Landlords are calling on the Government to review how they are taxed after new figures reveal the '�devastating' impact higher levies are having on the private rented sector.
The National Residential Landlords Association (NRLA) says new research conducted on its behalf by consultancy BVA-BDRC shows that, while 65% of the 750 landlords it canvassed reported rising demand for privately rented homes in England and Wales, a third of them said they plan to reduce the size or their portfolios.
This is the highest level of '�planned disinvestment' seen in more than six years according to the research.
Only nine per cent say of landlords said they plan to increase their portfolios over the next 12 months, down from 14 per cent who said they would do so in Q4 2021.
The NRLA says that while politicians in both England and Wales are using tax to reduce investment in the PRS, it is having unintended consequences.
This includes recent changes to mortgage interest relief, higher stamp duty and an '�effective' hike in CGT.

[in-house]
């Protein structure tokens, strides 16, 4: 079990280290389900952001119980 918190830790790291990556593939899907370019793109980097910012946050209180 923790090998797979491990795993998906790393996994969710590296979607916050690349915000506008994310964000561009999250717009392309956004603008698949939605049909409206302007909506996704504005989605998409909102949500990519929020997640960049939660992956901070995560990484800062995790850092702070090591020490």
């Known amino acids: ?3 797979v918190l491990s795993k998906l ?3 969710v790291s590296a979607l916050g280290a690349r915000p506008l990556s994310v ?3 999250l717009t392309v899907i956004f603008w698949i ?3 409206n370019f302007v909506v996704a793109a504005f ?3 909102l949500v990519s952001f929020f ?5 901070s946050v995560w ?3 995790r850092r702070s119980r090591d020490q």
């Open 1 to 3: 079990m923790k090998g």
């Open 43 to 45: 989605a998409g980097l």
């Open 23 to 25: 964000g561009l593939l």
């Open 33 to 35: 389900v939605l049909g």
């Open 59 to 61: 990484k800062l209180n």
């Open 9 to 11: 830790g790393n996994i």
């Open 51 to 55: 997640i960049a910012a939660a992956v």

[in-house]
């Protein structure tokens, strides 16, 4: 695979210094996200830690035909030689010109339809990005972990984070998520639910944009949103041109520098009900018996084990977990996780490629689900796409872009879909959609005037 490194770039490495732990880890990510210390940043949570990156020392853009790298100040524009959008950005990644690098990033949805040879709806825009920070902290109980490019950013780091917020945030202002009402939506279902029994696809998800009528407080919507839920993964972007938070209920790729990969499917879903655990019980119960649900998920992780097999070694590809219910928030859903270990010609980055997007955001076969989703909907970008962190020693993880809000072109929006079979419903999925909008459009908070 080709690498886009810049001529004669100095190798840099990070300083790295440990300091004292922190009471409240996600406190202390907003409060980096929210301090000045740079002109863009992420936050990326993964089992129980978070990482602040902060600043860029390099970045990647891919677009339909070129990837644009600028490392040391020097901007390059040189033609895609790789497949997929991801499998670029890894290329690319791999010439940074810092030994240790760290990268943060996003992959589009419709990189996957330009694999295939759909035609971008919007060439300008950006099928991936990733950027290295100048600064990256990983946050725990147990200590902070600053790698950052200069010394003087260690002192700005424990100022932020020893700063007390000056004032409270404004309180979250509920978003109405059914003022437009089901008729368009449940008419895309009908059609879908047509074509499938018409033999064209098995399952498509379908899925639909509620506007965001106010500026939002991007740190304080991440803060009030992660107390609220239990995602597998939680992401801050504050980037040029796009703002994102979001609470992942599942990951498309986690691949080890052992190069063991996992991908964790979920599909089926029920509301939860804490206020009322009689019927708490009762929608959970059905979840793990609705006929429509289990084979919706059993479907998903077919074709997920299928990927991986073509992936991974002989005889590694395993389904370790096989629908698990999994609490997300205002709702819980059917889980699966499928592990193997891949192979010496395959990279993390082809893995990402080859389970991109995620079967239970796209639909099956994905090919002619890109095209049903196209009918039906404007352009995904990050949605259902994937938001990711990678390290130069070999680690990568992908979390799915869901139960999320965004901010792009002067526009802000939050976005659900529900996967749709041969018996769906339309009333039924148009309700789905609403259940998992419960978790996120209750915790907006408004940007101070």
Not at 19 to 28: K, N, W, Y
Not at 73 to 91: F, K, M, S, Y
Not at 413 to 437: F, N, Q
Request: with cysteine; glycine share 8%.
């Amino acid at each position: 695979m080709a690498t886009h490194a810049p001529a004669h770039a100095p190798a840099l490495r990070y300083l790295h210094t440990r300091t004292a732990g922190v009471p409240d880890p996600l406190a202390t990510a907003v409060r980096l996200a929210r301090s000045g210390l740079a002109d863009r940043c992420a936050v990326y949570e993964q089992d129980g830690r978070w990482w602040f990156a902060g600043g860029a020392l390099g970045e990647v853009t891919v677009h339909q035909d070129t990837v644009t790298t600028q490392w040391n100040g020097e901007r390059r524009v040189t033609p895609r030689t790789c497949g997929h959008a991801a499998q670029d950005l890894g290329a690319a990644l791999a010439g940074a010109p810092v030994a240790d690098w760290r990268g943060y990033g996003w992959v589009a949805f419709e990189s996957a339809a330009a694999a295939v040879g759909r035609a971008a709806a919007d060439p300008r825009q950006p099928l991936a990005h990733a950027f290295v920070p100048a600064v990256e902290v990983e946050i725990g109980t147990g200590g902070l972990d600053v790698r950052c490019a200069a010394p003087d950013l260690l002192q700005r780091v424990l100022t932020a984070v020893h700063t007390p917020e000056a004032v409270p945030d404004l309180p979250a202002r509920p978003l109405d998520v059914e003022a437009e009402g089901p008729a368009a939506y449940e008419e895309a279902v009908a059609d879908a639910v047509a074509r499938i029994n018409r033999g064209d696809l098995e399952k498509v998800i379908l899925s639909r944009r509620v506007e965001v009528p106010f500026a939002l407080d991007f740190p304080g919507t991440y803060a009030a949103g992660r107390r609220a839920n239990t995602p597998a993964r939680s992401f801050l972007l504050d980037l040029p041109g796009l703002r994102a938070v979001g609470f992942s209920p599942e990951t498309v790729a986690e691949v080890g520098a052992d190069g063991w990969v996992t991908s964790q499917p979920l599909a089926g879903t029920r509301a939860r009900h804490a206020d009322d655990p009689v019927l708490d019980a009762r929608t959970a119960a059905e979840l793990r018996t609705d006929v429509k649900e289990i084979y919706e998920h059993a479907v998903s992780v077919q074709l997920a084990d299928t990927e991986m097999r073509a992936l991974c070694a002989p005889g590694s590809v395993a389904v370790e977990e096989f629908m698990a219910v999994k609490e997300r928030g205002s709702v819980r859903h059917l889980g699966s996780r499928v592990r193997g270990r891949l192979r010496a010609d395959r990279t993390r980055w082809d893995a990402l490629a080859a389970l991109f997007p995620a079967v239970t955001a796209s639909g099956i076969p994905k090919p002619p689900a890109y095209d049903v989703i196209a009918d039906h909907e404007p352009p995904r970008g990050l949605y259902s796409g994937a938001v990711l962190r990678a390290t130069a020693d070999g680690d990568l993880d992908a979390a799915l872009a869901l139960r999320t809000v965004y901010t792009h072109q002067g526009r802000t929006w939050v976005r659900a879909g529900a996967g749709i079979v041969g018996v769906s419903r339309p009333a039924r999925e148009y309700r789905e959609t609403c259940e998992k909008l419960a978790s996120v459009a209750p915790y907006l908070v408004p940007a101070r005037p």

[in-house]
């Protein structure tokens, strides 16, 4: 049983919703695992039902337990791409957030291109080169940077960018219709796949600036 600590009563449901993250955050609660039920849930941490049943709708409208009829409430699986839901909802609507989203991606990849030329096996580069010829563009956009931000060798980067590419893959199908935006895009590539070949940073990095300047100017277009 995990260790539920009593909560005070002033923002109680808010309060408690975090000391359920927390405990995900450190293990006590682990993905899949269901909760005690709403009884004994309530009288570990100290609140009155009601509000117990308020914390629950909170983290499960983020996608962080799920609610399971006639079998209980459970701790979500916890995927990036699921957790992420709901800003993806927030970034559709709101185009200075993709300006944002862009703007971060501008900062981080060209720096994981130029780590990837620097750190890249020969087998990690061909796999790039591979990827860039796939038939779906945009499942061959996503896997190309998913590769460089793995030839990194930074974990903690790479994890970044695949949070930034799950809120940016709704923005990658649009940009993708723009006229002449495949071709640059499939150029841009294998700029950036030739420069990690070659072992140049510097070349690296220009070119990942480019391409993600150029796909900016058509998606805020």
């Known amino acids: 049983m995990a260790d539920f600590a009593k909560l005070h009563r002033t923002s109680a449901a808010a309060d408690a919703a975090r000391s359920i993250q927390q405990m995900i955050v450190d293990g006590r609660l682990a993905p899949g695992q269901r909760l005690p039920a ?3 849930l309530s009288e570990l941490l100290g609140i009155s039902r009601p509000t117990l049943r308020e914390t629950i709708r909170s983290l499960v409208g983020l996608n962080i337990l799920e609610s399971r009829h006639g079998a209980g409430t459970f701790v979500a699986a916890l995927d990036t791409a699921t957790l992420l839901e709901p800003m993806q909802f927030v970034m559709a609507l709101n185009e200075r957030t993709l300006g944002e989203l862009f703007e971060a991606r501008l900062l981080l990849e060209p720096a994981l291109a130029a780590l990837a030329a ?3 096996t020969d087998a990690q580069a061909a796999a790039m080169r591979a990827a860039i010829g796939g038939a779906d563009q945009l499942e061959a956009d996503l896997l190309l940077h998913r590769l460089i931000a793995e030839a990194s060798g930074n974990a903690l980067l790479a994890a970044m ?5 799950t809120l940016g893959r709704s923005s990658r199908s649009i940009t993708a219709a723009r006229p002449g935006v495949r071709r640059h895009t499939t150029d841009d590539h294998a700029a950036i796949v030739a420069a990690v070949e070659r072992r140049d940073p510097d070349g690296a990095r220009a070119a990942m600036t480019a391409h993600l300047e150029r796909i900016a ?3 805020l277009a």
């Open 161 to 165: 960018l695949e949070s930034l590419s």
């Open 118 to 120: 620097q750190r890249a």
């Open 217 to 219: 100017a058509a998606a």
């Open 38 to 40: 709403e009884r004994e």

Its comments are designed to land prior to Jeremy Hunt's looming Budget and the NRLA wants the Treasury to analyse the combined impact of all recent tax changes on the supply of homes to rent.
'From students queuing to view properties, through to benefit claimants who struggle to access homes they can afford, the impact of the supply crisis in the rental market is stark,'� says Ben Beadle, Chief Executive of the NRLA (pictured).
'The harsh truth is that the Government's efforts to discourage investment in the sector are working.
'But punitive taxation alongside record demand for rented housing is a disastrous combination that serves only to hurt renters.
'The supply crisis we see is entirely Government made and the policies of successive Chancellors have backfired spectacularly '� it is time to change tack.
'We encourage all of those with an interest in housing supply to contact their MP in support of our call, making use of the NRLA's toolkit to help.'�
Read the NRLA's full Budget submission.